Former U.S. Ambassador to Ukraine Marie Yovanovitch failed to hang a photo of President Donald Trump at the U.S. Embassy in Kyiv for more than a year after Trump’s inauguration and said “bad things” about him, the president told Fox News in an interview on Nov. 22.
The White House recalled Yovanovitch from her post in Kyiv on April 24 after months of allegations in the media claiming that she didn’t like Trump and was undermining him. Trump’s anecdote about the portrait, if confirmed, would become the first piece of evidence to substantiate the allegations.
“This ambassador that everyone says is so wonderful, she wouldn’t hang my picture in the embassy, OK? She’s in charge of the embassy. She wouldn’t hang it. It took like a year and a half or two years for her to get the picture up,” Trump said. “She said bad things about me. She wouldn’t defend me.”
Yovanovitch was one of the first witnesses to testify during the closed-door phase of the impeachment inquiry. The Democrats have insinuated, without evidence, that Trump removed Yovanovitch so he could carry out a scheme to pressure Ukraine into investigating former Vice President Joe Biden and Burisma, the Ukrainian gas company that hired Biden’s son Hunter Biden.
The Democrat-run impeachment inquiry centers on a July 25 call between Trump and Ukrainian President Volodymyr Zelensky in which Trump asks Zelensky to “look into” Joe Biden forcing the ouster of a top Ukrainian prosecutor who was investigating Burisma. The two presidents both expressed their distance from Yovanovitch during that call, according to a transcript (pdf) released by the White House.
“When I was talking to President Zelensky—it’s right on the phone—you can read it—he didn’t like her. He brought up her name, and he didn’t like her at all. How do you have an ambassador when the new president doesn’t like her? Because she was so wedded in,” Trump said on Nov. 22.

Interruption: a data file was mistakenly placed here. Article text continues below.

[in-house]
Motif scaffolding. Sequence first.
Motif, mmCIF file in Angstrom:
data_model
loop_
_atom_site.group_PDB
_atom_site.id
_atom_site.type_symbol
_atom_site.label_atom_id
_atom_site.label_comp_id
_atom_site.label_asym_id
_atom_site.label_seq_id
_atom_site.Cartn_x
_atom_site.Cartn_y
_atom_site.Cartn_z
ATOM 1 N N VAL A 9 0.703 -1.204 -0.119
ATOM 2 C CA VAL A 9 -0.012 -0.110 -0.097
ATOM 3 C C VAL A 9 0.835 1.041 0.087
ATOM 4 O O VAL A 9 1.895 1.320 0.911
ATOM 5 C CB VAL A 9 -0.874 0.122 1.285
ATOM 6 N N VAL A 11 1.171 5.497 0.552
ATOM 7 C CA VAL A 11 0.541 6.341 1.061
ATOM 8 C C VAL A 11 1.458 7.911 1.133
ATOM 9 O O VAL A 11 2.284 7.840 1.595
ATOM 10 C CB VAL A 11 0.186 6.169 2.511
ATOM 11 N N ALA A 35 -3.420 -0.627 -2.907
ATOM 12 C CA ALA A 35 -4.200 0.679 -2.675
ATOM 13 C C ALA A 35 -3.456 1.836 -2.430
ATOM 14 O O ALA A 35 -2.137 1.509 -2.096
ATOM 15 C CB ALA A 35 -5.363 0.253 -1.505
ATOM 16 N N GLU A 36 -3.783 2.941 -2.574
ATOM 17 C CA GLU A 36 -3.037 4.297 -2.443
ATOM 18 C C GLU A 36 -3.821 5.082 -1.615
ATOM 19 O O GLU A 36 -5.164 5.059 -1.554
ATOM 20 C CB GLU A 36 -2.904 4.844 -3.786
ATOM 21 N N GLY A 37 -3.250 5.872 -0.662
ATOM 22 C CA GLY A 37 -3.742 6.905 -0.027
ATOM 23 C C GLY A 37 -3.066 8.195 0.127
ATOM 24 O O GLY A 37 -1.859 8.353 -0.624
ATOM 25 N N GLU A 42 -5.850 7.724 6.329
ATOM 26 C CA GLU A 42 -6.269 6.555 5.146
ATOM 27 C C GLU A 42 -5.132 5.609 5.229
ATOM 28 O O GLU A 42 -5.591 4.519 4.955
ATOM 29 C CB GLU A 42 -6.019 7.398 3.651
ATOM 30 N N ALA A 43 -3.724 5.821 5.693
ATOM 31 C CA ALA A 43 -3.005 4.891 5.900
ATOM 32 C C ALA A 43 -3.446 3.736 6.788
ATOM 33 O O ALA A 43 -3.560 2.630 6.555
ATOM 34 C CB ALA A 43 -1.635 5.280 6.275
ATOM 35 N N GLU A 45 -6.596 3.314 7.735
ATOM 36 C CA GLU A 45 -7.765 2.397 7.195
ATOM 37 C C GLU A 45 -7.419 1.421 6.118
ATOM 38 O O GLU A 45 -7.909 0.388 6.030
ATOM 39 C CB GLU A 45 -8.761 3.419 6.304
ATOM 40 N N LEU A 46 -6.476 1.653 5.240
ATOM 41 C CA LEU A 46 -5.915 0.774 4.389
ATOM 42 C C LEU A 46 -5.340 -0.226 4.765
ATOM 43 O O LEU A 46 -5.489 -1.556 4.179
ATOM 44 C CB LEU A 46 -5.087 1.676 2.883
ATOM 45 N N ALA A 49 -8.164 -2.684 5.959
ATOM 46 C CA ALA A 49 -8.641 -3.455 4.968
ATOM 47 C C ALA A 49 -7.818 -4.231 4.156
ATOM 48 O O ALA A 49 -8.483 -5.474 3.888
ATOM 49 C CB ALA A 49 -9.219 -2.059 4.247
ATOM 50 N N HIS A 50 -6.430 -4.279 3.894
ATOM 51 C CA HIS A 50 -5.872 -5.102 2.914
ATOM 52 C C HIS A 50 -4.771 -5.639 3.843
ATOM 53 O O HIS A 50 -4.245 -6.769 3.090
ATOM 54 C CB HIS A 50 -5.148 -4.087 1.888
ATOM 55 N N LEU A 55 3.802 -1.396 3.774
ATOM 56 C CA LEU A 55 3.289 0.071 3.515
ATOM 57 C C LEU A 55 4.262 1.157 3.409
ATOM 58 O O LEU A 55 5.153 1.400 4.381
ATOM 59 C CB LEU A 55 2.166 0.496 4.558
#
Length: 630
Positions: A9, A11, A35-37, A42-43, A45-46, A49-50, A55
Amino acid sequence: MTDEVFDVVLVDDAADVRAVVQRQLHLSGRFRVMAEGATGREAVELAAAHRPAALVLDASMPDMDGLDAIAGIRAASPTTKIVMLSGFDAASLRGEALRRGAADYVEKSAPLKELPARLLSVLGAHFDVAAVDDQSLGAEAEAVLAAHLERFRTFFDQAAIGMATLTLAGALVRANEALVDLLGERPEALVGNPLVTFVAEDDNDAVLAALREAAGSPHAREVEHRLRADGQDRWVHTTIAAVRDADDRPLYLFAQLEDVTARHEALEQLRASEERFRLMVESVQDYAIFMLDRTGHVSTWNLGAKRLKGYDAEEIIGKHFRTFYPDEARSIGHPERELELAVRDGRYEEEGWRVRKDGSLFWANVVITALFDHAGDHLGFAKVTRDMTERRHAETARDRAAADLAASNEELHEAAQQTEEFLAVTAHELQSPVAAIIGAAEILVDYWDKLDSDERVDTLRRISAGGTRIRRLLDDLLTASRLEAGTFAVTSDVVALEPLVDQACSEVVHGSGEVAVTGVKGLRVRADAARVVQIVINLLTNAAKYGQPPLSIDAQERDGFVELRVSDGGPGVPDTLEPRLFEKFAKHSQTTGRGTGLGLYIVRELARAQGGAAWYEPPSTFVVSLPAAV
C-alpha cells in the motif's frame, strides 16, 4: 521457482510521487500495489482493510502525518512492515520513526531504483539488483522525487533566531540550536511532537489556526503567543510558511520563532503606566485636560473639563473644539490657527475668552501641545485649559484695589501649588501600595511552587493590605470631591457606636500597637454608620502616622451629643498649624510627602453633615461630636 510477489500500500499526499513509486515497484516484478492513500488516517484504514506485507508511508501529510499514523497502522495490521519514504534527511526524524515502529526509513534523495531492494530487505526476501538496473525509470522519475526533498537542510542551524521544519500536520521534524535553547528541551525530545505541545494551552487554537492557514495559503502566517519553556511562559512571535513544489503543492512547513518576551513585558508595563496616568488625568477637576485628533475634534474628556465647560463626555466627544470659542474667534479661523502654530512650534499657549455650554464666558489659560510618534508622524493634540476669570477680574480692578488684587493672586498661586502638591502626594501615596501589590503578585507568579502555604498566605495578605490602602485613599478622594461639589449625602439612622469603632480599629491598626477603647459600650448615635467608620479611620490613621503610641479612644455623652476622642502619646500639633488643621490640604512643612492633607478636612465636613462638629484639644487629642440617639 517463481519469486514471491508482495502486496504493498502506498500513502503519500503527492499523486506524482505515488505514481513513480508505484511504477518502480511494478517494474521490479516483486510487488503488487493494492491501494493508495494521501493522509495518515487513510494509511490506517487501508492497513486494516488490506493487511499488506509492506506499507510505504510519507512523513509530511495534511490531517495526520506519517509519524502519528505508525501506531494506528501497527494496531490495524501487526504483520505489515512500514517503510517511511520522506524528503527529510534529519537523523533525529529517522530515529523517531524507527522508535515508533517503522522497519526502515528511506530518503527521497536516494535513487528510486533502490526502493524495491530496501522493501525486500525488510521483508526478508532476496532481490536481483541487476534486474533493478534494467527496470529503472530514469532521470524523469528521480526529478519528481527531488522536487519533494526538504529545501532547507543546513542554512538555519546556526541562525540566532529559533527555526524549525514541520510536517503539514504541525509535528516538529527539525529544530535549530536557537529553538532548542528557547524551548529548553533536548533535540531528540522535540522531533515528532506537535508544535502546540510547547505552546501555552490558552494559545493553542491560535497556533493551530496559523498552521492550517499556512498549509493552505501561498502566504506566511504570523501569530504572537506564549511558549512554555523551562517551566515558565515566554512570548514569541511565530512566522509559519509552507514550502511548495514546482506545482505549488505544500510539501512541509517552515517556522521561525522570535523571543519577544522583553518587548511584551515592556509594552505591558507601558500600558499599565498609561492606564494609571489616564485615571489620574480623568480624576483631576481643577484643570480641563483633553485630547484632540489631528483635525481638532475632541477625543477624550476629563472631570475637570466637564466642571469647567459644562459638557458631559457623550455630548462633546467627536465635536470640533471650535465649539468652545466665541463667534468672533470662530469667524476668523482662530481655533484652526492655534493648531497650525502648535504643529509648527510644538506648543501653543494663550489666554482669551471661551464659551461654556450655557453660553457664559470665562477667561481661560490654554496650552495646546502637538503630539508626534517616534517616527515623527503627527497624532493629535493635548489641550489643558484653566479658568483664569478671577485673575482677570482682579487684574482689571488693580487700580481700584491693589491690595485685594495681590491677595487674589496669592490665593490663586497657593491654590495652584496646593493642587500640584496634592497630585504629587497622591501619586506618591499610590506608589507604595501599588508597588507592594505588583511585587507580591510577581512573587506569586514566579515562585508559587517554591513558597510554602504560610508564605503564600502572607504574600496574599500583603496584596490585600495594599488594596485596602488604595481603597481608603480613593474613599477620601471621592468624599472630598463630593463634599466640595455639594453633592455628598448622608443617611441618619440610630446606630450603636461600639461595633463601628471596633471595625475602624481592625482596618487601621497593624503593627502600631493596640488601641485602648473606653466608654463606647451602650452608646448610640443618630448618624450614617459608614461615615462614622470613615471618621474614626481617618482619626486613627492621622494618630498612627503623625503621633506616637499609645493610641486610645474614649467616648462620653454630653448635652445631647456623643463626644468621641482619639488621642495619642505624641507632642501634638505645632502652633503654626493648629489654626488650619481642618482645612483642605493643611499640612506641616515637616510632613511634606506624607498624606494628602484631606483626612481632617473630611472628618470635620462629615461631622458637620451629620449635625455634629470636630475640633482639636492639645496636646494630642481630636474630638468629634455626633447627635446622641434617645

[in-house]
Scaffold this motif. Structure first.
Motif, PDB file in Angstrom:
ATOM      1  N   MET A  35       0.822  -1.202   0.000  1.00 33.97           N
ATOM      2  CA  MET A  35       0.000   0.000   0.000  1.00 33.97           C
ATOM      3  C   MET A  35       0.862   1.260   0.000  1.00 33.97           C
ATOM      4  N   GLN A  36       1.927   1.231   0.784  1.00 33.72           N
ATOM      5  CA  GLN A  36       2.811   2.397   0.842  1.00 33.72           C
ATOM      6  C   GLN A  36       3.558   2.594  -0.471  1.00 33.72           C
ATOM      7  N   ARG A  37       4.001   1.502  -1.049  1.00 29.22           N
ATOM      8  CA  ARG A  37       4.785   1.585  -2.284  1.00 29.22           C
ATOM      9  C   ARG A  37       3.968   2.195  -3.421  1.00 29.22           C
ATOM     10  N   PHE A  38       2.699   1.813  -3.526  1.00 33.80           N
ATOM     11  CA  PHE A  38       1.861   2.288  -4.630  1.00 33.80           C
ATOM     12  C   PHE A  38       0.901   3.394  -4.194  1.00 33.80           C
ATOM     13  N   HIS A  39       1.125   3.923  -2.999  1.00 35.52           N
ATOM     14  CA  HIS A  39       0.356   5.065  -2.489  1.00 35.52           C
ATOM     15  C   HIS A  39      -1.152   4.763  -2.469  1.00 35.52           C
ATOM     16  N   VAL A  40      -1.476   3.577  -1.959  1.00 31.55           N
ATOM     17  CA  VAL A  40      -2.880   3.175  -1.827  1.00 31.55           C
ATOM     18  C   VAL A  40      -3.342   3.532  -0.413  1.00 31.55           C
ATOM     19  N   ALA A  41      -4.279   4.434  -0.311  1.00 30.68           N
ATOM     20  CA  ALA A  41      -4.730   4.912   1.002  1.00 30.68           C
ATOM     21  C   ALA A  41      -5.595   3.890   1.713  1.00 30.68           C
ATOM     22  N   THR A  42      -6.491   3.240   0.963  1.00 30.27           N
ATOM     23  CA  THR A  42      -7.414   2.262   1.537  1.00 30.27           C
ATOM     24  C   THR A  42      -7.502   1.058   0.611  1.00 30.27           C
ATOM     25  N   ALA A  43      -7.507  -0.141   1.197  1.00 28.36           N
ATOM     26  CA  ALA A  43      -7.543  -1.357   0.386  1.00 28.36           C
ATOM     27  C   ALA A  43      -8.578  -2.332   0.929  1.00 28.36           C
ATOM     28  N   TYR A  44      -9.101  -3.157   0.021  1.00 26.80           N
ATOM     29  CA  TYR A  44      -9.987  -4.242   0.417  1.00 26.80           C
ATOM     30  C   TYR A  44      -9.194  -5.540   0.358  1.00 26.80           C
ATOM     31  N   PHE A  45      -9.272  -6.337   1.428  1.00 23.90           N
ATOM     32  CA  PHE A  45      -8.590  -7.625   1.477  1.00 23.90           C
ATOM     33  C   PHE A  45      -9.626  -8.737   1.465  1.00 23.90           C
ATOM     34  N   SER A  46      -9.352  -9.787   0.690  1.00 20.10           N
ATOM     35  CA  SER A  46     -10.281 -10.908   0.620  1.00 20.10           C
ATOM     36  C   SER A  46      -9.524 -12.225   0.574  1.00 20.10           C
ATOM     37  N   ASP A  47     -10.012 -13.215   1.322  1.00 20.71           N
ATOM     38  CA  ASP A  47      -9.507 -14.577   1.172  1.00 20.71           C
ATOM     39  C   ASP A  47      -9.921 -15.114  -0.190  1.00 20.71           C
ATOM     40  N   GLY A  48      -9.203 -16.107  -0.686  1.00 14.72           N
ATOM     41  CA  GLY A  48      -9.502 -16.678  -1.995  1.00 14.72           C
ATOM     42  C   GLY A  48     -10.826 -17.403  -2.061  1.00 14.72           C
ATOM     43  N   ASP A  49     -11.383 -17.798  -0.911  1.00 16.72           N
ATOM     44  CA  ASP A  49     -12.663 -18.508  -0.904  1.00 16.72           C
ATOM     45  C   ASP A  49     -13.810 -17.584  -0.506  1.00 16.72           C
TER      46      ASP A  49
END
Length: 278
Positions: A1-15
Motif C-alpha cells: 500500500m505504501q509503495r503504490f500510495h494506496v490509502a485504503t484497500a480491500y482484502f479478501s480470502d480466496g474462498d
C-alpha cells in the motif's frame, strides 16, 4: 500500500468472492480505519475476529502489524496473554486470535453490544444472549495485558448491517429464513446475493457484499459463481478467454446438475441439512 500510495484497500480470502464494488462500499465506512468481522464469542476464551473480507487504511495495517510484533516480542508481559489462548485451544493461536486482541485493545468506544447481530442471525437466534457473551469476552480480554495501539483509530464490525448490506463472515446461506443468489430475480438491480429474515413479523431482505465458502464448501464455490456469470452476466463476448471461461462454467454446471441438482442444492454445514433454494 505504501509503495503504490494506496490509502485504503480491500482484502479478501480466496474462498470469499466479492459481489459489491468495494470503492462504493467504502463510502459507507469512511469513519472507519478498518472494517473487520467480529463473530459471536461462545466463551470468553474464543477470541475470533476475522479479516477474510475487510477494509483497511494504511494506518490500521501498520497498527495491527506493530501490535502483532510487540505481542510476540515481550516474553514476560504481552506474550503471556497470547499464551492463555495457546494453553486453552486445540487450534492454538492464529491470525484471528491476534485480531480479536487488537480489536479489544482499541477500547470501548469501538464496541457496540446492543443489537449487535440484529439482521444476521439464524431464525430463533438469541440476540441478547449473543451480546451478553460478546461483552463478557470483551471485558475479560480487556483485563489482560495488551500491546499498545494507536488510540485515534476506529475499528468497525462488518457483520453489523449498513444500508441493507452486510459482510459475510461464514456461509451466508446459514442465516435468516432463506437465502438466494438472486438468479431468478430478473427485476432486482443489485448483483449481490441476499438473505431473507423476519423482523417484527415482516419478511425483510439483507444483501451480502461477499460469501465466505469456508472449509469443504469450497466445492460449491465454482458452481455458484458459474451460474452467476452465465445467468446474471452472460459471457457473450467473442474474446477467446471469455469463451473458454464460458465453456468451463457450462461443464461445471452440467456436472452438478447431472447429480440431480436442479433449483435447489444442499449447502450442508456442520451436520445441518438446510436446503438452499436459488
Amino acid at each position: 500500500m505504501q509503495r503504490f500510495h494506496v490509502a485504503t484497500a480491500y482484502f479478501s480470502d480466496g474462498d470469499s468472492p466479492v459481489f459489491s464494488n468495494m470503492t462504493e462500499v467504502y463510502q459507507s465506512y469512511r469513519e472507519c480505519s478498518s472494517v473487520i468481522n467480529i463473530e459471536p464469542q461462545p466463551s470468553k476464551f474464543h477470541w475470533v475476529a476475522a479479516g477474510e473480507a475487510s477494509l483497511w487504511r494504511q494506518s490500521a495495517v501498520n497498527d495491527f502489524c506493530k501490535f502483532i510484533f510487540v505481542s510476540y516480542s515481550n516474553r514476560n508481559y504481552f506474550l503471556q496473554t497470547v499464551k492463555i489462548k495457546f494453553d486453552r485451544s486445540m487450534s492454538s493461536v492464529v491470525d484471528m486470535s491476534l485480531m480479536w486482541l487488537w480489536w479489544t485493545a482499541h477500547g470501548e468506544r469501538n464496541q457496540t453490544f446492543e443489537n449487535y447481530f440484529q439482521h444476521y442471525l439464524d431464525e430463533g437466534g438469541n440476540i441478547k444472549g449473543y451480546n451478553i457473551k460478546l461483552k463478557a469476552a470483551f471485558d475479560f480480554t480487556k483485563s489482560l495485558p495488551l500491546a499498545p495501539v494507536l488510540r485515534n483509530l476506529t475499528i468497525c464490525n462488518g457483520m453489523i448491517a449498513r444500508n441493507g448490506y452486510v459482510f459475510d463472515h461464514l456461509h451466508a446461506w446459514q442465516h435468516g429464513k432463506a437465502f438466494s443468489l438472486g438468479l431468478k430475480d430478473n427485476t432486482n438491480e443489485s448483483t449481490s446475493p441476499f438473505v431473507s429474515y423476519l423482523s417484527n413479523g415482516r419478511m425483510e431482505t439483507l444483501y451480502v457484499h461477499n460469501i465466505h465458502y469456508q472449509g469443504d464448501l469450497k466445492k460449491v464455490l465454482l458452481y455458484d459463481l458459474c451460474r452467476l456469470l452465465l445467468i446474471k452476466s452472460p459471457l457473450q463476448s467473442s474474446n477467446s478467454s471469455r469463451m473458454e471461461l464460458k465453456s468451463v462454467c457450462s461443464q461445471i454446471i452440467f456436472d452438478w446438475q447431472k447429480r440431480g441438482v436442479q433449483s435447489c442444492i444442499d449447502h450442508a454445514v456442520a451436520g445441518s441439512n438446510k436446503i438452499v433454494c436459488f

During the call, Zelensky asks Trump for “any additional information” in connection to the investigation “with regard to the Ambassador to the United States from Ukraine, as far as I recall her name was Ivanovich.” Despite the misspelling of the name and the erroneous title, the statement appears to refer to an investigation by Ukraine into Yovanovitch.
Immediately after, Zelensky went on to say: “It was great that you were the first one who told me that she was a bad ambassador, because I agree with you 100 percent. Her attitude towards me was far from the best as she admired the previous President, and she was on his side. She would not accept me as a new President: well enough.”
Yovanovitch told lawmakers conducting the impeachment inquiry that she was removed due to false allegations promoted by Rudy Giuliani, Trump’s personal lawyer. She was also the subject of a column by investigative journalist John Solomon, who reported that Yovanovitch gave the Ukrainian prosecutor general a do-not-prosecute list.
“I have the right to change an ambassador. Rudy didn’t say good things, but he wasn’t crazy about it. It wasn’t like a major topic. But I have the right to change,” Trump said.
“This was an Obama person, didn’t want to hang my picture in the embassy. Standard is you put the president of the United States’ picture in an embassy. This was not an angel, this woman, OK?” Trump said. “There are a lot of things that she did that I didn’t like, and we will talk about that at some time. But I just want to let you know. This was not a baby we’re dealing with.”
After being recalled to the United States, Yovanovitch was given the opportunity to ask which position she would prefer to take on next and was given the job of her choice as a fellow at Georgetown University. She told lawmakers that her pay was not affected by the new post.
Yovanovitch permanently departed Ukraine on May 20, the day of Zelensky’s inauguration. Ambassador William Taylor eventually replaced her as the head of the embassy in Kyiv. Trump has yet to nominate a permanent replacement.
Because Yovanovitch departed her post before any of the key events of the impeachment inquiry, she didn’t offer any firsthand knowledge during several hours of testimony.
National Security Council official Alexander Vindman briefed Yovanovitch on Trump’s call with Zelensky before the call transcript was released to the public, even though Yovanovitch no longer had any responsibilities or need-to-know on Ukraine policy.